Also keep in mind that blood glucose numbers tend to rise as the pregnancy progresses, due to additional hormone output from the placenta, so if you’re in control now but you have trouble staying in control a few weeks from now, don’t panic, it’s normal. Like I said, the key is to get the numbers back down into the target range as quickly as possible, so keep checking your blood sugar to stay on top of it.

And have a good trip! Try not to stress out too much about all of this; the odds are extremely high that your baby is going to come out perfectly fine. The absolute worst-case scenario in your situation isn’t all that horrible (which isn’t to say you don’t need to take care of the problem, of course!) so don’t panic!

Er, I feel the need to point out once again that I am not a medical professional, all advice is based on my personal experience, check everything out with your own doctors, etc.

But of course!

Not too scared about insulin - anything to get the best control over this.

It’s so helpful to hear another person’s experience and know that everything ultimately turned out okay. Reassuring.

I have two daughters. I was diagnosed both times with GD. My story:

I went in for the 1 hour, finished the test, and was told, “If there’s a problem, we’ll call you.” After a whole month went by, I called them (like I always do! If a doctor’s office tells you ‘we only call if there’s a problem’ call them anyway!) and asked them to make sure of my results. They hadn’t even gotten them back from the clinic! When they did, the nurse told me that I did, in fact, have it!

Needless to say, I was devastated. I am NOT a crying-type person, and I bawled my eyes out. I was so upset (between the “there’s something wrong with me” and the extreme love I had for my baby) So, they sent me in for the 3 hour. Same results. Slightly elevated levels.

So, they sent me to a nutritionist who told me what I could and couldn’t eat. I went to the pharmacy to get a meter and supplies, and they tried to give me a finger tip sticker. I told them I typed for a living and needed an arm version. It was a bit more expensive, even with my insurance, but it was worth it. If you need a meter, ask for the arm version. Save your fingertips! they have them, but you have to ask for them.

During that first pregnancy, only my “fasting” readings were slightly high. I was disgusted about having to do all this testing crap, but I did it anyway.

There are all kinds of horror stories about Monster-size babies and all that. Baby 1 was 7 pounds 1.5 ounces. PERFECT!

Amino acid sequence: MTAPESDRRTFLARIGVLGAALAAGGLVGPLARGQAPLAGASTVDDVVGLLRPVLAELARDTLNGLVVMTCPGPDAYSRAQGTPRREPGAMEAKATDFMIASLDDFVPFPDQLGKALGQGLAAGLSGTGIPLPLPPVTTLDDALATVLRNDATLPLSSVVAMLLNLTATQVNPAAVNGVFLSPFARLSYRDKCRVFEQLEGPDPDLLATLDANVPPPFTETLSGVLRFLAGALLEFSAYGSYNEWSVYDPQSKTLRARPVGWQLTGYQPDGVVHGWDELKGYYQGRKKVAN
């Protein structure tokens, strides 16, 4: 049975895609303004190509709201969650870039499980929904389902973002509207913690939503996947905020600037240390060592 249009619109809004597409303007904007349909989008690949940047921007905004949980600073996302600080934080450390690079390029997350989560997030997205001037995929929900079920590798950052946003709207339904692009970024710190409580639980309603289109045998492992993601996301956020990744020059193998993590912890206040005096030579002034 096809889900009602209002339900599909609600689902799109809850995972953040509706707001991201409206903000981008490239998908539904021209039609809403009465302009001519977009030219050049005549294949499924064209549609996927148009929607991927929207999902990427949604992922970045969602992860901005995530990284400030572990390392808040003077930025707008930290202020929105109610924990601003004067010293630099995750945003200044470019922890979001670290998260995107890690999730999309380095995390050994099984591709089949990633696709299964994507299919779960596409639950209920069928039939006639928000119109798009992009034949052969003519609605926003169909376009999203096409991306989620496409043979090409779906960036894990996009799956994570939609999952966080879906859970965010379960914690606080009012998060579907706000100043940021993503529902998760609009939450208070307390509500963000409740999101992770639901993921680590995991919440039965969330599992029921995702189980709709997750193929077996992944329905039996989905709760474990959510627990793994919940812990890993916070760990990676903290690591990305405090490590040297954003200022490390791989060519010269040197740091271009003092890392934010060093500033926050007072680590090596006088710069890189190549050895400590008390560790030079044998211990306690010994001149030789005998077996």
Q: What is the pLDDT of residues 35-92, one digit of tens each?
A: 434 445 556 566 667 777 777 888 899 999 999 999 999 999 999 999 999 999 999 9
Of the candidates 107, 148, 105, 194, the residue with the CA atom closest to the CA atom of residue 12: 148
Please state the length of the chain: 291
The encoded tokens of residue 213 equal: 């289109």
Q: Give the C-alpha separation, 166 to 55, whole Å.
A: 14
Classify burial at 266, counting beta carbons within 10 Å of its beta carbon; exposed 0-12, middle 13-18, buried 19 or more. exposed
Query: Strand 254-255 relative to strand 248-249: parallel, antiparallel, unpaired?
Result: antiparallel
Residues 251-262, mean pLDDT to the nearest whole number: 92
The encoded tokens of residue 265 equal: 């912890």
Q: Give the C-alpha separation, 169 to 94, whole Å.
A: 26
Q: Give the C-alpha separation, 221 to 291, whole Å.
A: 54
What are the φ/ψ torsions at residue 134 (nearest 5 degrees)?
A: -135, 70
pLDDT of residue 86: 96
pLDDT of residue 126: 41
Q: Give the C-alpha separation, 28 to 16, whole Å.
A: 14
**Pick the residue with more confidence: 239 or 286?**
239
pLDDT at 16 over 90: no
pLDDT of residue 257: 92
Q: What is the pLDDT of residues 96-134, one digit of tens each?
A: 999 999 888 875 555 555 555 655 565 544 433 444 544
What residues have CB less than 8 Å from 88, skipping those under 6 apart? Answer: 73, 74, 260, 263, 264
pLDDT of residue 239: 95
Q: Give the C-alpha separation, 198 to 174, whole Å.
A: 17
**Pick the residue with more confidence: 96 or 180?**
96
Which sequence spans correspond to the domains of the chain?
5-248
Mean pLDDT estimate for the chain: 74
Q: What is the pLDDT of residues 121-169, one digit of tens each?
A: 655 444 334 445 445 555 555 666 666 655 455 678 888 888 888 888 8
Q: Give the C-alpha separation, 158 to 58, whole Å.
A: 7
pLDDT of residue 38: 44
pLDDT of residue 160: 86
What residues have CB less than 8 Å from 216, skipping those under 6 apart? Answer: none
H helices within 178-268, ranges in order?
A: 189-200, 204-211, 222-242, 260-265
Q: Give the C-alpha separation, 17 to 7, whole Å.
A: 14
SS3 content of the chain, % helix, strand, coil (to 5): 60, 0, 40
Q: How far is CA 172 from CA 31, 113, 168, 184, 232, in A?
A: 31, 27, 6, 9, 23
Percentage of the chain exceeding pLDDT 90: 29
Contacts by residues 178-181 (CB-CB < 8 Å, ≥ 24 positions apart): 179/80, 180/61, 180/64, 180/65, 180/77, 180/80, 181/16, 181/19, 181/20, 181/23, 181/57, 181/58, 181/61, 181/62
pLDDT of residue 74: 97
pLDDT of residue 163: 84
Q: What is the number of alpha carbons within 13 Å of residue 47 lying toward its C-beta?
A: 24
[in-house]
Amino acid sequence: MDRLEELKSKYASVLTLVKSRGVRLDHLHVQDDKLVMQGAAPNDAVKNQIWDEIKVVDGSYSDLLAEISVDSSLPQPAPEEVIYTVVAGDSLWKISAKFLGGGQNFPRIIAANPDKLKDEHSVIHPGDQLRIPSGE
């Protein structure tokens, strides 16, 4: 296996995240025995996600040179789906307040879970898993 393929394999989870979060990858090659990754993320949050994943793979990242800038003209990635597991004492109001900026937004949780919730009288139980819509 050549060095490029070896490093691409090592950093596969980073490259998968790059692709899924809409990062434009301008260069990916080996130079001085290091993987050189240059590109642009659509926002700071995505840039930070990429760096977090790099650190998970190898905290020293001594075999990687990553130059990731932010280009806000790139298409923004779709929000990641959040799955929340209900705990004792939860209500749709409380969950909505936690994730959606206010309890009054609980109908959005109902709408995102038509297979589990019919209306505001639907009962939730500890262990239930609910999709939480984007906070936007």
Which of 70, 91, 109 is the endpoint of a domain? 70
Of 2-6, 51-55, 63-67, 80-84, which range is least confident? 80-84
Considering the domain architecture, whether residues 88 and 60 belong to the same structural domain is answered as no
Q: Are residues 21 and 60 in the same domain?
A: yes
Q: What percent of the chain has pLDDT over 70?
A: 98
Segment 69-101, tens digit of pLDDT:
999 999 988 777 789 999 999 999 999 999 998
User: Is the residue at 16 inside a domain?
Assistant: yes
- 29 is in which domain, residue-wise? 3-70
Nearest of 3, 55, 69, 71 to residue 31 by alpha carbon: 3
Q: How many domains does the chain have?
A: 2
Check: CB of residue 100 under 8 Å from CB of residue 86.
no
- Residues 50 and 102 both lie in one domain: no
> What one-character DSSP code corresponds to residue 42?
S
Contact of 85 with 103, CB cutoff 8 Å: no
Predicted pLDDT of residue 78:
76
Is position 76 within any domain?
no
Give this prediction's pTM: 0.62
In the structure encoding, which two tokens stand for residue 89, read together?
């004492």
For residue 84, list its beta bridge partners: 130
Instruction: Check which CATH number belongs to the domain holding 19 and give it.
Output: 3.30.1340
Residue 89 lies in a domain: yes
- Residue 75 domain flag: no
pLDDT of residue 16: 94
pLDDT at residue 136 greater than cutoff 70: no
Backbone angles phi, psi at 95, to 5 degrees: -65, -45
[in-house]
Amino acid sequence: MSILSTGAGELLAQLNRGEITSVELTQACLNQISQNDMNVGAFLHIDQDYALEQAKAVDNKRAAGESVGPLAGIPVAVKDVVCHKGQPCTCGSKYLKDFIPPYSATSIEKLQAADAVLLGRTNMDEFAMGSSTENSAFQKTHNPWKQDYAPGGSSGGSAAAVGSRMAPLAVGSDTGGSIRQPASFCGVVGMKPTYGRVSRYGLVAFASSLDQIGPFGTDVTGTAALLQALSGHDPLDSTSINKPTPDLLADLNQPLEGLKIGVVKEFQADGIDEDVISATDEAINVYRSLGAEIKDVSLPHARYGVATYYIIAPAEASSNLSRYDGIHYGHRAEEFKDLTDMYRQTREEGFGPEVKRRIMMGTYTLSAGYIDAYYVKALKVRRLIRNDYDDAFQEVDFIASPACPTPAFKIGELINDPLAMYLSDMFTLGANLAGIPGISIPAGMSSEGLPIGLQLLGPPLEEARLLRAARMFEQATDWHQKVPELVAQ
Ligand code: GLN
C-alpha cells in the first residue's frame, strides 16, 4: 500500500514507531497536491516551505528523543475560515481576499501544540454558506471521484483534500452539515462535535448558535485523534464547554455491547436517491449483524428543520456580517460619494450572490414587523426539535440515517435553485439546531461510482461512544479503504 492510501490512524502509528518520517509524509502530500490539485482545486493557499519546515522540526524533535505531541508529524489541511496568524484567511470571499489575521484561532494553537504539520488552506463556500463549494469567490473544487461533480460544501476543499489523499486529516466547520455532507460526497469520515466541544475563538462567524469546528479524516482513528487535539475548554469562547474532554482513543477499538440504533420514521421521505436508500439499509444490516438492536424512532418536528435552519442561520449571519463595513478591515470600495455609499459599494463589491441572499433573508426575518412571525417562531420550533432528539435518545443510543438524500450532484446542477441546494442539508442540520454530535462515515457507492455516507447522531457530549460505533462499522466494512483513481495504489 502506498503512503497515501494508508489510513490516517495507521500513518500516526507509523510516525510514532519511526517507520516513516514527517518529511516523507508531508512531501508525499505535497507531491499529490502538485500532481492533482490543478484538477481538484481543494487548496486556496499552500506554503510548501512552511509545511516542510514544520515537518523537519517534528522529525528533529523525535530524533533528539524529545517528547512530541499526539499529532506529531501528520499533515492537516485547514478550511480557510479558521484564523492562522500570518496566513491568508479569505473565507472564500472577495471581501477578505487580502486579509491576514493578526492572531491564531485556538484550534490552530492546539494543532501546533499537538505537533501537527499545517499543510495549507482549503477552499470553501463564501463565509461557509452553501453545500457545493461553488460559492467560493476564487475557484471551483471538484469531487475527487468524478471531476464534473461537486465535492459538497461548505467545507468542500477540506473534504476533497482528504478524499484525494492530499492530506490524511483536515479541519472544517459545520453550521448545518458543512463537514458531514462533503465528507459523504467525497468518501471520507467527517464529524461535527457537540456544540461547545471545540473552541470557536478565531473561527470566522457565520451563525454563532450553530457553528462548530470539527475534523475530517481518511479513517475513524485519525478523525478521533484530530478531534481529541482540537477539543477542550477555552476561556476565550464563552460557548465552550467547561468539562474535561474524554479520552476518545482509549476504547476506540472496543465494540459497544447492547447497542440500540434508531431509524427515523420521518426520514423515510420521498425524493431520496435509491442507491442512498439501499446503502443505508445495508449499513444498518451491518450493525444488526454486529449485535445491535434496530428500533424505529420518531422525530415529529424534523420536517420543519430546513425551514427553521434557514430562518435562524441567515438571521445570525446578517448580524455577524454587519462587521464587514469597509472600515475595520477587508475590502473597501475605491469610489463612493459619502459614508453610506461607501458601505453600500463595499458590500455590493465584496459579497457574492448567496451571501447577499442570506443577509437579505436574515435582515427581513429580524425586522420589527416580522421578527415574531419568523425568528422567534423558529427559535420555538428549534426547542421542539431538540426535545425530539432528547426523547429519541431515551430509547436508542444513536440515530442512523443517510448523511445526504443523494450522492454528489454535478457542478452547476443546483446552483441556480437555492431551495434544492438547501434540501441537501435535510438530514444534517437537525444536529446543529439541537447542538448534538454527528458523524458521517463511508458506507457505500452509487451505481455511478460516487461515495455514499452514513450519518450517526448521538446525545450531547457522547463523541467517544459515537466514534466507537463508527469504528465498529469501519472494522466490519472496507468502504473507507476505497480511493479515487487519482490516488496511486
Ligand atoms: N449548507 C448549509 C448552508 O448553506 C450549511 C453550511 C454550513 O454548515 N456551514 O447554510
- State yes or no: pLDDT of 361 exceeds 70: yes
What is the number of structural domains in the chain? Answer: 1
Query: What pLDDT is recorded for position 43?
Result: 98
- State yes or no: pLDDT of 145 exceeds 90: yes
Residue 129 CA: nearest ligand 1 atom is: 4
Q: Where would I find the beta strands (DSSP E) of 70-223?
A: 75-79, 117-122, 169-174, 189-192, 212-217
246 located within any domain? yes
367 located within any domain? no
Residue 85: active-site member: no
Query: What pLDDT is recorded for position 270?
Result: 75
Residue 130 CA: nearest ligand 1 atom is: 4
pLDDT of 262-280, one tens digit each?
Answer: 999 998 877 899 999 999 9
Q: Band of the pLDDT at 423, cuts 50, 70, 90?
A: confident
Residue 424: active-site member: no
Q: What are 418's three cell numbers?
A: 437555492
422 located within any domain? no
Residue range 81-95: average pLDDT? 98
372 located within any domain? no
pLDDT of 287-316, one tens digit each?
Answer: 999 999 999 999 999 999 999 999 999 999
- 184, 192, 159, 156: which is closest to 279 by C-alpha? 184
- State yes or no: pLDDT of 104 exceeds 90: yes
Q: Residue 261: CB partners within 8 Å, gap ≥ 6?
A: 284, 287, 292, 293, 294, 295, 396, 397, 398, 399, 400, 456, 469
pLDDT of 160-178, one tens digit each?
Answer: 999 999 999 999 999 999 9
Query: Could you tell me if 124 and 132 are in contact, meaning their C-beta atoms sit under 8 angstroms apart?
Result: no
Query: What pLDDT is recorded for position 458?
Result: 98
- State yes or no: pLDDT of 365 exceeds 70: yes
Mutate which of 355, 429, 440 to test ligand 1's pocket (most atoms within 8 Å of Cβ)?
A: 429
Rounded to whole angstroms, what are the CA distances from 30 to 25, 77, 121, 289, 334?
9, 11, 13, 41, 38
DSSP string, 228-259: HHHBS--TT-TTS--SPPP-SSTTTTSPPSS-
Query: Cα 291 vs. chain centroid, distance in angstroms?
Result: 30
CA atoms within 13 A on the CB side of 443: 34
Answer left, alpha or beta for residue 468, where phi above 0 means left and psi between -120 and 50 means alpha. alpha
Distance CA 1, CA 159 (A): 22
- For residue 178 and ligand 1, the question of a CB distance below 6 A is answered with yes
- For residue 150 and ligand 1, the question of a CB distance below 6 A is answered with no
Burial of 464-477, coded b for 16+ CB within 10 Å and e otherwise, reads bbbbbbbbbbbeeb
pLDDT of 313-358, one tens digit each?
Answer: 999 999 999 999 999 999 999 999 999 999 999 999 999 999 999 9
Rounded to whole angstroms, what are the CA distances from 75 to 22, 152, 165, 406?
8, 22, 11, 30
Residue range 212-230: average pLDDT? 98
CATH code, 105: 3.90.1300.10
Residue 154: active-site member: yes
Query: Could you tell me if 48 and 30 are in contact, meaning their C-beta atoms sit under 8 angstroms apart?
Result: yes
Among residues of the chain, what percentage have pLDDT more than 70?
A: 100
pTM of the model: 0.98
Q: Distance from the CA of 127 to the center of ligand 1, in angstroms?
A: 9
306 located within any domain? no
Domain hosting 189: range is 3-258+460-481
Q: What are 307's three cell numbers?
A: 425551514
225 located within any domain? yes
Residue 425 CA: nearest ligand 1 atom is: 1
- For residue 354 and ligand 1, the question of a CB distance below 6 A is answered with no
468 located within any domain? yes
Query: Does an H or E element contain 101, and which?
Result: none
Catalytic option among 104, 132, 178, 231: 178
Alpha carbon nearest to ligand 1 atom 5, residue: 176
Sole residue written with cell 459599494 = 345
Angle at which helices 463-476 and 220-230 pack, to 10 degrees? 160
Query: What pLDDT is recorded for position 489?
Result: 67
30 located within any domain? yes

Second baby. Same story with the testing (only this time they gave me the results without me having to badger them!) But this time, the readings indicated the fasting number a bit higher than last time. So they had me inject one insulin a night before bed, and the numbers came down in the morning.

The only problem? When I delivered Baby 2, they had to give her sugar water immediately after birth because the insulin had lowered her sugar too much! So my daughter’s first drink wasn’t my milk, but was sugar water. I was very disappointed on that. Baby 2 was 7 pounds 3 ounces. Again, no Monster Baby. (oh, and all ultrasounds showed perfect growth for both girls!)

I am not convinced that I needed to do any of this for either baby. My numbers were just so slightly elevated. I do believe that other people who have off the chart numbers have a legitimate issue that must be addressed, though.

I suppose what I’m trying to say is, don’t let the whole thing scare you too much. It’s a manageable problem. Keep asking questions. When I asked questions that they couldn’t answer, I was met with, “But don’t you care about your baby!?” Of course I cared. I did what they told me. But I’d be danged if I was going to blindly follow directions without being informed about what I was doing. Remember, too, that you’re a raging inferno of hormones! grin

There is one major advantage to being diagnosed GD. You get extra ultrasounds, so you get to see the little one more often. I got 2 extras per baby! I did have insurance to cover it, though. Might not be so much fun if you have to pay the cost out of pocket.

Thank you for your story, Boggette!

I’ve picked up my supplies already and the meter can test on either the fingers or arm. The meter was actually free with purchase of the strips. The strips were were darned expensive though - $1 a strip, 100 to a box. It’s going to add up, having to test 5 to 7 times a day.

Luckily, any extra ultrasounds will not cost me money. I’m in Canada and they’re covered by my provincial health care. At least that’s one less thing to worry about.

Sometimes, if your numbers show in the normal range over a test time, they will cut back on how many times you test. During Preggo #1, at first I tested 5 times a day, then I only tested once in the morning and after one meal a day.